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Helping poorer nations be heard at the WTO

Esperanza Durán's agency helps officials from developing countries find their way around WTO issues Keystone Archive

A Geneva-based agency, funded by the Swiss government, helps poor countries make their voices heard at the World Trade Organisation.

This content was published on November 10, 2001 - 10:49

The handful of employees at the Agency for Trade Information and Cooperation (AITIC) have had a lot on their hands in the run-up to the ministerial conference of the World Trade Organisation (WTO) in Doha, Qatar.

Trade delegations from developing countries have been seeking the help of AITIC to clarify a point on the Doha agenda, or obtain data to underpin an intervention they want to make.

AITIC's director, Esperanza Durán, says governments of poorer nations are taking a more active role in negotiating a new round of trade talks than they did during the Uruguay round of talks from 1991 to 1994.

"At that time what I call the less advantaged countries ended up signing an agreement many of them didn't know much about what it entailed."

The loose notion of "less advantaged countries" (or LACs), a term created by Durán, has become official AITIC parlance.

It combines the 48 least developed countries (LDCs) as defined by the United Nations, as well as smaller developing countries (such as Venezuela) and countries in transition, such as the formerly communist central Asian nations.

Defending countries' interests

AITIC was established by the Swiss government in 1998 to improve the capacity of LACs to defend their interests during world trade negotiations. Durán says this is especially true for "non-resident" WTO member states - those that can't afford to have a permanent trade mission in Geneva.

Of the 142 WTO member states, 37 have non-resident status. All of them are poorer nations in Africa, Central Asia or Latin America which deal with the WTO from embassies in Paris, London or Bonn - if at all.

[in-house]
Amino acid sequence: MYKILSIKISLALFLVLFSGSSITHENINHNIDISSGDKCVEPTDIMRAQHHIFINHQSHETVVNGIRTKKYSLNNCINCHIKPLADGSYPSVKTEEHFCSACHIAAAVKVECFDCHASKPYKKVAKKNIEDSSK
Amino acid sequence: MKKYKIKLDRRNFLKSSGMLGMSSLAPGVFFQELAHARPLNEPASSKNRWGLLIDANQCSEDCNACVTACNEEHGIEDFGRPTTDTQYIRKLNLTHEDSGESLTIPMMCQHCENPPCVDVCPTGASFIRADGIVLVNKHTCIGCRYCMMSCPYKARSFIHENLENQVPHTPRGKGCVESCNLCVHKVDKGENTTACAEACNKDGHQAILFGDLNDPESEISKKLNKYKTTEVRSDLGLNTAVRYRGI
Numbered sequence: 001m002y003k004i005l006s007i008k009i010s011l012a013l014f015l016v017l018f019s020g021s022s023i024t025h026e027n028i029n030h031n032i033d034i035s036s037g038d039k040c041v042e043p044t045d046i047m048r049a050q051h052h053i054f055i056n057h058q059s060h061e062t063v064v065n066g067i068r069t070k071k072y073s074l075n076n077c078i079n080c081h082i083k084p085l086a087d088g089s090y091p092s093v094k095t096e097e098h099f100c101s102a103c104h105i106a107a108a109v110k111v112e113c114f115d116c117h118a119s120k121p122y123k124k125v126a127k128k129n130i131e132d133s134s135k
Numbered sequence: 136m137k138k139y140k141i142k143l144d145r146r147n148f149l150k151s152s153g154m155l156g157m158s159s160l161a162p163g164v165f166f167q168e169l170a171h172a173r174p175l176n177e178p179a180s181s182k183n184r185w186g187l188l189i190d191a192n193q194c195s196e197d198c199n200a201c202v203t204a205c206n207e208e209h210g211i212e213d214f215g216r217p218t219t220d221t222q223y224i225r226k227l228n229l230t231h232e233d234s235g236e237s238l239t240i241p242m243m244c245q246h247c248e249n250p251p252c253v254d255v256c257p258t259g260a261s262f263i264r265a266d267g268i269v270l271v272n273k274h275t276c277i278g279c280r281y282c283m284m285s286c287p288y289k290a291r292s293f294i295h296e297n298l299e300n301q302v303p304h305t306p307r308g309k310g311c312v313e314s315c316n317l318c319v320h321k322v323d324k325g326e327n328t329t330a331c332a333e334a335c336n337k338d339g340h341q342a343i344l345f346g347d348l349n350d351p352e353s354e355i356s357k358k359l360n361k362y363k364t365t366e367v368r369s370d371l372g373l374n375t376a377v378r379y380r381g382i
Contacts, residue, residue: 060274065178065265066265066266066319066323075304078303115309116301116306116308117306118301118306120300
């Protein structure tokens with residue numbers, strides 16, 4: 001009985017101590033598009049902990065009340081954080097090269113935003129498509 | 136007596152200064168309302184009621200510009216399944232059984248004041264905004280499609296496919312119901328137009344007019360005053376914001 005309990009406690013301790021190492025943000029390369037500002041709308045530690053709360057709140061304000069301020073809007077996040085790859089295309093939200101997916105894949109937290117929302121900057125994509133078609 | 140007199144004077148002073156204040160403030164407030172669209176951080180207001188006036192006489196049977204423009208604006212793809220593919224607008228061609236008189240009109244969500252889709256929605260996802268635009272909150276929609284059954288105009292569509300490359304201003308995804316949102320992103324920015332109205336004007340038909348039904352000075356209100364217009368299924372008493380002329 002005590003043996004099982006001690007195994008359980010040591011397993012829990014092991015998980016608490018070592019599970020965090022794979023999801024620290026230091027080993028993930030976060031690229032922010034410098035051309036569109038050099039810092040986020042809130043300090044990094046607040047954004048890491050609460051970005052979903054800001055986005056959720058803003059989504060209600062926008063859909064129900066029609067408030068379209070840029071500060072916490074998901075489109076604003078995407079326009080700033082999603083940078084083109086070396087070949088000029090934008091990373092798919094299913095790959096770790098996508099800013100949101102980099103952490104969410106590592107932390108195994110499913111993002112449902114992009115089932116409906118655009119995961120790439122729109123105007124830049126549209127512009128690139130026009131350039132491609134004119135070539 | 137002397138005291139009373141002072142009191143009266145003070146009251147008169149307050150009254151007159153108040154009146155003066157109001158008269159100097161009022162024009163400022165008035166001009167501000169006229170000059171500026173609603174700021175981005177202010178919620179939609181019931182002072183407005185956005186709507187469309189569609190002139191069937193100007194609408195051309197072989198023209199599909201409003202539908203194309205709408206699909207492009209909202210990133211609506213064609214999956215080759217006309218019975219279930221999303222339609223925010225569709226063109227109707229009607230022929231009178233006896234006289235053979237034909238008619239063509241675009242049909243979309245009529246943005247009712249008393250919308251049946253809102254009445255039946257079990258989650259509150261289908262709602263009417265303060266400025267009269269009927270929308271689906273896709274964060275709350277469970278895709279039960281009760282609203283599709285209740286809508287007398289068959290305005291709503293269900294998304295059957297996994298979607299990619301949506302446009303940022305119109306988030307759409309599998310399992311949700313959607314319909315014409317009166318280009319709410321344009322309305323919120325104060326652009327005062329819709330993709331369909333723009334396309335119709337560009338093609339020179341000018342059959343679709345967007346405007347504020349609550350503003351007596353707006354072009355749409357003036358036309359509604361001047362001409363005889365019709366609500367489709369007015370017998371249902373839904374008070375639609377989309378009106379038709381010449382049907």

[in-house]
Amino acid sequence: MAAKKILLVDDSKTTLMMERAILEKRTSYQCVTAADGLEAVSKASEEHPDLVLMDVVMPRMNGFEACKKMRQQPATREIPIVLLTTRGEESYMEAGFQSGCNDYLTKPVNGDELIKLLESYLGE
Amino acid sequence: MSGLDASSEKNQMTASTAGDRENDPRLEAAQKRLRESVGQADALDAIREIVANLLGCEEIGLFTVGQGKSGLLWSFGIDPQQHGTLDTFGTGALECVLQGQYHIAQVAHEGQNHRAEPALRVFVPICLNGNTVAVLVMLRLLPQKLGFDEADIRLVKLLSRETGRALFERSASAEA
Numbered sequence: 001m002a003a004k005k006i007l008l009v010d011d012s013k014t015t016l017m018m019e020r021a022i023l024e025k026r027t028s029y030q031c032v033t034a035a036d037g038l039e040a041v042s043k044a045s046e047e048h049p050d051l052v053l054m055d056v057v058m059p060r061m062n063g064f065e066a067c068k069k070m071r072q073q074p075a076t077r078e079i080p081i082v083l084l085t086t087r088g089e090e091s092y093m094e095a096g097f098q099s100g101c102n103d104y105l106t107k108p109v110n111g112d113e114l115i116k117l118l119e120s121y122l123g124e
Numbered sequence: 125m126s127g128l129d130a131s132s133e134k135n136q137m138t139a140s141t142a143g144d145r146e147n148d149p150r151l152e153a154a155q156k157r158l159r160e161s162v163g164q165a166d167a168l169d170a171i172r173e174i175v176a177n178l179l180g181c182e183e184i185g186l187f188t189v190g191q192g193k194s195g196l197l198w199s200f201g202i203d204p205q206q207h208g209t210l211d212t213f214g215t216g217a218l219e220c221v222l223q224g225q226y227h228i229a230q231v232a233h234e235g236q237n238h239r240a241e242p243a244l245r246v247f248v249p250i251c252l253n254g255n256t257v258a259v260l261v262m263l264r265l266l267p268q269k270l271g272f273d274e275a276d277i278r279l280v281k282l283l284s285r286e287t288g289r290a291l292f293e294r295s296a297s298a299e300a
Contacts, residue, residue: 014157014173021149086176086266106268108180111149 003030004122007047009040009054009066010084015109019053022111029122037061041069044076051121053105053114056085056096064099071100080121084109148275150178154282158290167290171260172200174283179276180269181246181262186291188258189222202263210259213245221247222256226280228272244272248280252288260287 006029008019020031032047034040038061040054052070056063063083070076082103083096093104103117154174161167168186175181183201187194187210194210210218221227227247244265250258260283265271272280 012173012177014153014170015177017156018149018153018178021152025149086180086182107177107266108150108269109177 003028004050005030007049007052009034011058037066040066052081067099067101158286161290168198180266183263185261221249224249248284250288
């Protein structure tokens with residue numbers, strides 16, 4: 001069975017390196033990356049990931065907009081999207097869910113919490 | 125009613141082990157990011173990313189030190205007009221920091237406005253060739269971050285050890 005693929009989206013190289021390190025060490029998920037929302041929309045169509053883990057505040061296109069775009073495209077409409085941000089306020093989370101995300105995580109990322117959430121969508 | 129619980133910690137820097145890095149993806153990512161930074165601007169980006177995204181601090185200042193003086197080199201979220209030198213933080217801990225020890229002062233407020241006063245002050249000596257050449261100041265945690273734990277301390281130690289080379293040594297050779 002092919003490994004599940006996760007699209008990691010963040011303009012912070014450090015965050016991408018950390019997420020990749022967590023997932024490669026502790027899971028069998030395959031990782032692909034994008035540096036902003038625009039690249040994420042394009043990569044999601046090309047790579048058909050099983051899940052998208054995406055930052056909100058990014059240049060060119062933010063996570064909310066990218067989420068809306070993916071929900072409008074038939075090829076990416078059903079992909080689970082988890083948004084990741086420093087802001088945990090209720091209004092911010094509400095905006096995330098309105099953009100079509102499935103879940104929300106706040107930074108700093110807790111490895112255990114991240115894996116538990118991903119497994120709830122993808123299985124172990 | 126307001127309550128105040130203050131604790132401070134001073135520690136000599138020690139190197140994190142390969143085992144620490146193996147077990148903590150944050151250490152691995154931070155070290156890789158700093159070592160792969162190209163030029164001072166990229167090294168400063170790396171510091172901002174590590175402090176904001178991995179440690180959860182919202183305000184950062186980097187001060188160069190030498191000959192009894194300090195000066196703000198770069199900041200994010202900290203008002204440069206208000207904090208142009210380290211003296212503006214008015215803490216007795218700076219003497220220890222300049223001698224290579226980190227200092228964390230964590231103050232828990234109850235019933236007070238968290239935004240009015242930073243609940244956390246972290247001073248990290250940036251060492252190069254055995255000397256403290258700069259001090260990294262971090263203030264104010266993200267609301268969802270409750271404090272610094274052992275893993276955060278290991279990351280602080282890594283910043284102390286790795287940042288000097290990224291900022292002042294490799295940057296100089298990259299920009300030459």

AITIC is located near the WTO to one side of a floor in an unassuming office block. With an annual budget of SFr1.5 million, which is funded by the Swiss state secretariat for economic affairs, and only four full-time employees, Durán says the agency is "exceptionally efficient".

"The other day a trade diplomat arrived from abroad and asked if we could provide him with an English language outline of a complicated trade issue he needed to negotiate over at the WTO," Durán recalls.

"We said 'sure, when do you need it?' He said, 'well, actually, by tonight'. Some things seem impossible, but we still do them - we did in that case, anyway."

Reference library

She says the simple reason for many of the difficulties poorer nations are facing is the WTO's shortage of interpreters, who fail to translate documents into all of the organisation's three official languages, English, French and Spanish.

AITIC has a reference library, meeting and reading rooms, and on-line stations. But the main attraction is the personalised assistance the agency's expert staff provides on request.

AITIC staff also answer requests that arrive by e-mail or fax, as in a recent handwritten fax note from an African capital that asked for documents in preparation for a seminar aimed at officials in that country's ministry of trade.

No charge

All of the agency's assistance is free of charge.

AITIC also provides meeting rooms and a neutral ground for informal discussions among trade delegates. "The more they find out about international trade, the more they take common positions", Durán says.

An example is a new system of customs valuation that WTO members agreed in 1994. It should be in place shortly, the transitional period coming to an end. "Less advantaged countries all have a major difficulty with the agreement - they lack the resources needed, such as computers and trained staff."

This and similar problems with the implementation of the decisions that ended the Uruguay round of talks are a priority at this weekend's Doha summit.

Another issue where developing countries will show a common interest are the parameters for a future round of trade talks, with subsidies for agriculture in industrialised nations the main sticking point.

Durán, who has been teaching at the London School of Economics and in her native Mexico, is convinced the growth in international trade offers more opportunities to less advantaged countries than perils.

"Globalisation is a fact of life whether we like it or not. All we can attempt to do is help the less advantaged nations to integrate in that growing market."

by Markus Haefliger

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